This article examines how assisted living programs differ from home health care as to costs and the types of services that are provided to the elderly. Just like the former, home health care is also provided for older people who are unable to perform certain activities that are necessary in daily living. They may need assistance in preparing their meals, taking a bath, cooking, dressing, or even toileting. An aide is made available and assists the retiree on the performance of these tasks. Regular visits by physical therapists and / or nurses may also be provided if their health requires it. All of these are done while the elderly person is at home. However, in assisted living programs, the retiree lives in a retirement living community.
An important difference between the two kinds of services is whether Medicare can be used. In general, Medicare cannot be used to cover for assisted living costs unless the resident is required to stay in a nursing or rehabilitation facility for a certain period of time. However, for some states, such as in RI and in Kansas, Medicaid can be utilized for a certain percentage of the costs. As for home health care, Medicare can cover certain types of expenses, such as the purchase of durable medical equipment including a wheelchair or walker, physical therapy, medical social services, some medical supplies, skilled nursing care and the services of home health aide.
It should be noted that the primary difference between home health care and assisted living programs is that the latter is designed for the elderly who need more supervision. Some people may think that those who live at home have more independence compared to those who are staying in a retirement community. However, some assisted living facilities offer accommodations that are not different from a regular home and sometimes they are even better because there is no neighbor playing the radio so loud. Moreover, some conditions, such as Alzheimer's disease, require constant supervision and home health care is definitely not recommended for them.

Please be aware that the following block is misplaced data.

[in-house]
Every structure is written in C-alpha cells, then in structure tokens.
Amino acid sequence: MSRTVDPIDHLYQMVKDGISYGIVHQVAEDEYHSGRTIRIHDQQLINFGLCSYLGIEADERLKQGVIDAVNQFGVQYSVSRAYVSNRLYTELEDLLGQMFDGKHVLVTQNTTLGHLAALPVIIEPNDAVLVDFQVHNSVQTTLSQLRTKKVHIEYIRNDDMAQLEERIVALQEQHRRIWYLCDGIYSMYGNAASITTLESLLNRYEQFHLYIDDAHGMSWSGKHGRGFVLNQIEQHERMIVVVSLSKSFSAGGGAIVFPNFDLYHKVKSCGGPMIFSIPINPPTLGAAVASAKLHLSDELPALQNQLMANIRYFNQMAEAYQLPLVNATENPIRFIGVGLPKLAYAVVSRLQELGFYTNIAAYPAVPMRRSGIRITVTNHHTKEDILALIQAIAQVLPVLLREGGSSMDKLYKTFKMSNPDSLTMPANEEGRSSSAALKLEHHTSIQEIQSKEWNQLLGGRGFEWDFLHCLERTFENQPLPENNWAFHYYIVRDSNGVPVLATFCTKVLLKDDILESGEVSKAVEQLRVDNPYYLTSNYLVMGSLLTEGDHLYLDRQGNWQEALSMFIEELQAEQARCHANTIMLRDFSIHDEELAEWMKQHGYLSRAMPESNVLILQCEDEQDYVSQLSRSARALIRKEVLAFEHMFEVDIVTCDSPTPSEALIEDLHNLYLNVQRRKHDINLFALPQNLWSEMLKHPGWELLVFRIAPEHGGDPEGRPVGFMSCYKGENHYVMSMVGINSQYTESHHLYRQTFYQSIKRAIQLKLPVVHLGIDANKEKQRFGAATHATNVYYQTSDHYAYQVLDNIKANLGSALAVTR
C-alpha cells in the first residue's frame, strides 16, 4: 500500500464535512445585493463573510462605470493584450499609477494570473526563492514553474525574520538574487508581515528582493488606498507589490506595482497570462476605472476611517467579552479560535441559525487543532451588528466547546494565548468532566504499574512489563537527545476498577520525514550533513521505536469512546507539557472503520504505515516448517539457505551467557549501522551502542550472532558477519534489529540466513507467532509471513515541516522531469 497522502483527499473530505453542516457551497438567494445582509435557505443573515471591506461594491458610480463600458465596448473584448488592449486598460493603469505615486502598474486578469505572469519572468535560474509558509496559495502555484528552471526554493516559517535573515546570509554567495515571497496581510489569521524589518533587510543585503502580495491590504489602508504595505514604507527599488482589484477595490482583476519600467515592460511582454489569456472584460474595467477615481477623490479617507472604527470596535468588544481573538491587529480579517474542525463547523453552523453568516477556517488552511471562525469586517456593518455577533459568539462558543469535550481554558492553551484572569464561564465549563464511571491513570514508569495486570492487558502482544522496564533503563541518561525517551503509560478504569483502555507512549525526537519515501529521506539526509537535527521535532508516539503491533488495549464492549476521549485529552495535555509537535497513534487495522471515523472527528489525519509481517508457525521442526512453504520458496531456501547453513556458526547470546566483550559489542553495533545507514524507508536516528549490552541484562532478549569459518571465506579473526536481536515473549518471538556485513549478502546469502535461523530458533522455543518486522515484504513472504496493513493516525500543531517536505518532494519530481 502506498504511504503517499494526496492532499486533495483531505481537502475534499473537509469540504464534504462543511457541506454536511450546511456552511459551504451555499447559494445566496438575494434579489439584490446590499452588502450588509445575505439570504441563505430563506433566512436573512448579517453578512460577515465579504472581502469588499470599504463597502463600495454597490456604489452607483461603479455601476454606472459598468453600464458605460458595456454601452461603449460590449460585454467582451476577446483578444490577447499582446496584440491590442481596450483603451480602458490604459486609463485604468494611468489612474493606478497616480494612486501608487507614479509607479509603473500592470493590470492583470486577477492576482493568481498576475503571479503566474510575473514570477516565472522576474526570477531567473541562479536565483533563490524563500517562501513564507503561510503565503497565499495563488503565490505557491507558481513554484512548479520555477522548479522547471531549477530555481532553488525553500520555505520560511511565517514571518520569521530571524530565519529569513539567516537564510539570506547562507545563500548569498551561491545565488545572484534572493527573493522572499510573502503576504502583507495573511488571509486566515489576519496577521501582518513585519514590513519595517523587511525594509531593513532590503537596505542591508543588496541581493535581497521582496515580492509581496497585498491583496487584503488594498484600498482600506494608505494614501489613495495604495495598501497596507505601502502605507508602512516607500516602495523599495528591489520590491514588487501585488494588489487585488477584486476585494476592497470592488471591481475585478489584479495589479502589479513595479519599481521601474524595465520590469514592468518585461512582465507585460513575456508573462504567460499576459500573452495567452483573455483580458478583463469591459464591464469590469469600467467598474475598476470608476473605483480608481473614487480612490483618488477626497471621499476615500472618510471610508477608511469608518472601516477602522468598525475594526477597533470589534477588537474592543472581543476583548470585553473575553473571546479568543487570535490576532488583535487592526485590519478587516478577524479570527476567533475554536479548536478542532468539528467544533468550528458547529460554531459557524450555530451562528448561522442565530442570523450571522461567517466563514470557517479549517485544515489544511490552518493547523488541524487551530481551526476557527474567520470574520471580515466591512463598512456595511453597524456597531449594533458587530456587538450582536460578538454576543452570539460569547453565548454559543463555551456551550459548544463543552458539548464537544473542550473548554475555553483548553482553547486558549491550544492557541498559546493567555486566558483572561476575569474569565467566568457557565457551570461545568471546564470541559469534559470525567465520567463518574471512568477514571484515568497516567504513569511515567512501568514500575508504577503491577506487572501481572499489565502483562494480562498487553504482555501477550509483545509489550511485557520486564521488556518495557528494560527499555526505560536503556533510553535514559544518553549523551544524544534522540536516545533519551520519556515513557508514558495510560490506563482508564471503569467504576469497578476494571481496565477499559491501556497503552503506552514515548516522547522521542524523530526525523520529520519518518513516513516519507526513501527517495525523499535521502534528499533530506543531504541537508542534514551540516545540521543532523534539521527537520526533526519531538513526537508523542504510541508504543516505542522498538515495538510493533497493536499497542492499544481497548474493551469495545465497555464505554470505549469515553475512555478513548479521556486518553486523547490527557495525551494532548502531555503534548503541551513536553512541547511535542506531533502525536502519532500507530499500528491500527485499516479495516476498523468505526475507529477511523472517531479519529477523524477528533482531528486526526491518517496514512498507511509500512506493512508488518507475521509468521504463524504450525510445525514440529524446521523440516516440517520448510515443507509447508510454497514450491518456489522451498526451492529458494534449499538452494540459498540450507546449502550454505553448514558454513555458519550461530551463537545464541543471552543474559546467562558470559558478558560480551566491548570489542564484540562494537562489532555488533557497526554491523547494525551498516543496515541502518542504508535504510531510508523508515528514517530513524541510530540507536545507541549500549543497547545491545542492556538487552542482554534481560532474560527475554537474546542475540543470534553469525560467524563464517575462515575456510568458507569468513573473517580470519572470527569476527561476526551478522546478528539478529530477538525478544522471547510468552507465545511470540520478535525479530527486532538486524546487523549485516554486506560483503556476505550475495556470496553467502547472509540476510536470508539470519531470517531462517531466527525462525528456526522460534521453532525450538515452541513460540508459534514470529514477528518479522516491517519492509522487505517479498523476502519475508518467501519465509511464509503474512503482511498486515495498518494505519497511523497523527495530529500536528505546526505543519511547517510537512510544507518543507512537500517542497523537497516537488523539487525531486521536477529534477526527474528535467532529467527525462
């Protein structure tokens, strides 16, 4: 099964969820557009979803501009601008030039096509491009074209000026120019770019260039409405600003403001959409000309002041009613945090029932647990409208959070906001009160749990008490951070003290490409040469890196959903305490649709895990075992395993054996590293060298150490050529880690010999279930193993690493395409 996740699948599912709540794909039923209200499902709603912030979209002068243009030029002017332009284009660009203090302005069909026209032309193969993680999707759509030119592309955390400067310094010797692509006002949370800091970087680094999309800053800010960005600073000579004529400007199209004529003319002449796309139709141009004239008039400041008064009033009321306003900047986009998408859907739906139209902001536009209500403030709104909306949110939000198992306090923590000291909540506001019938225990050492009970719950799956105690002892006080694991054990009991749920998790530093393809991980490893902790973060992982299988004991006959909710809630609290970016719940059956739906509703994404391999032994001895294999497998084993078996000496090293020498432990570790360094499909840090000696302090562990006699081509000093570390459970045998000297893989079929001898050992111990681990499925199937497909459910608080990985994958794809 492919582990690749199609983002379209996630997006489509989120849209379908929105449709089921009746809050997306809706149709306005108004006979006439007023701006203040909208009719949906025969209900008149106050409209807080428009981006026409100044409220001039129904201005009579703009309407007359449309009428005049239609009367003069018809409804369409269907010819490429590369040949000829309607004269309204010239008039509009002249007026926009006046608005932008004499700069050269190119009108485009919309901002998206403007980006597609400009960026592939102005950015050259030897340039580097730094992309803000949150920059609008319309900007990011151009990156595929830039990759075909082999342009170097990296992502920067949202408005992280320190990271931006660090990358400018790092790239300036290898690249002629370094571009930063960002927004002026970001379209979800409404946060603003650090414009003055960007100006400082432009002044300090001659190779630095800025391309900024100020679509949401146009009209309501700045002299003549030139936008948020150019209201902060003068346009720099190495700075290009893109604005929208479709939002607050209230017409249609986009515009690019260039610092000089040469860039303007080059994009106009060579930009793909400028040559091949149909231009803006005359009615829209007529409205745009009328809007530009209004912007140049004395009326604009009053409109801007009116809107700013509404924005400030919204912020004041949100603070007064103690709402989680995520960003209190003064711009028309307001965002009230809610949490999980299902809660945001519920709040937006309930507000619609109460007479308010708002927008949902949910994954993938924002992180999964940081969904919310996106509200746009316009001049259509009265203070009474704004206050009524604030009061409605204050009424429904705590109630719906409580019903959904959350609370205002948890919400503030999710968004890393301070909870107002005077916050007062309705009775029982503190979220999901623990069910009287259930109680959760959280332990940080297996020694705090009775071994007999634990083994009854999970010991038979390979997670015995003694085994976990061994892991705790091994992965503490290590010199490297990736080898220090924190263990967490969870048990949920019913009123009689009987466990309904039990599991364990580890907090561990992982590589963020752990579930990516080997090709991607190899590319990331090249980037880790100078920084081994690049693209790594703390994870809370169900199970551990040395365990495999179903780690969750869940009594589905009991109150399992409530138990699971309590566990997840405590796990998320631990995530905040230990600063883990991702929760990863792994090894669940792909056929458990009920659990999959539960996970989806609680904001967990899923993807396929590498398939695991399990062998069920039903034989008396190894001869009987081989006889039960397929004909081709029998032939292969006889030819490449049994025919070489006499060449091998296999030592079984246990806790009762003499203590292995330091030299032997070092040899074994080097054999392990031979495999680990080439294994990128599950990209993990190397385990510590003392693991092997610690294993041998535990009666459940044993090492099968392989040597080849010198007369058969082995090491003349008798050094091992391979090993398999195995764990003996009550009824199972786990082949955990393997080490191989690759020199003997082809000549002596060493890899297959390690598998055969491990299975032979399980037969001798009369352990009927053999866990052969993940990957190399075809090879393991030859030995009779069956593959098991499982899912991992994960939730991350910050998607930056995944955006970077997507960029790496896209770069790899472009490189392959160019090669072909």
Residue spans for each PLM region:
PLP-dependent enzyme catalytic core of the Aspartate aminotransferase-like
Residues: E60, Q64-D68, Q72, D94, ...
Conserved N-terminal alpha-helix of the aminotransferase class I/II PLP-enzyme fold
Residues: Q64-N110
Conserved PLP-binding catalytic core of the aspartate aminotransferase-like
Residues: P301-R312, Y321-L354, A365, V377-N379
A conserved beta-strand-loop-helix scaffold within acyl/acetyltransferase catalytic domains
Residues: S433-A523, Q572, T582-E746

While it may seem at first glance that home health care is cheaper than assisted living programs, the reverse is true. The latter kind of arrangement is less expensive and costs about half of the expenses required for home health care. Fortunately, Medicare can cover some of the costs in home health care and the elderly enjoys the benefit of remaining at home. Meanwhile, Medicare will not cover assisted living expenses but they are only half the cost of home health care. Moreover, Medicaid can take care of some of the costs in some states. There are many arguments that can be provided for having the advantage of staying at home. However, there are also several benefits for staying in a retirement community. For one, residents find it easier to socialize and interact with other people. Those who remain at home have less chances of socializing and run the risk of boredom and loneliness. Of course, the final choice will depend on the person and what he or she values most.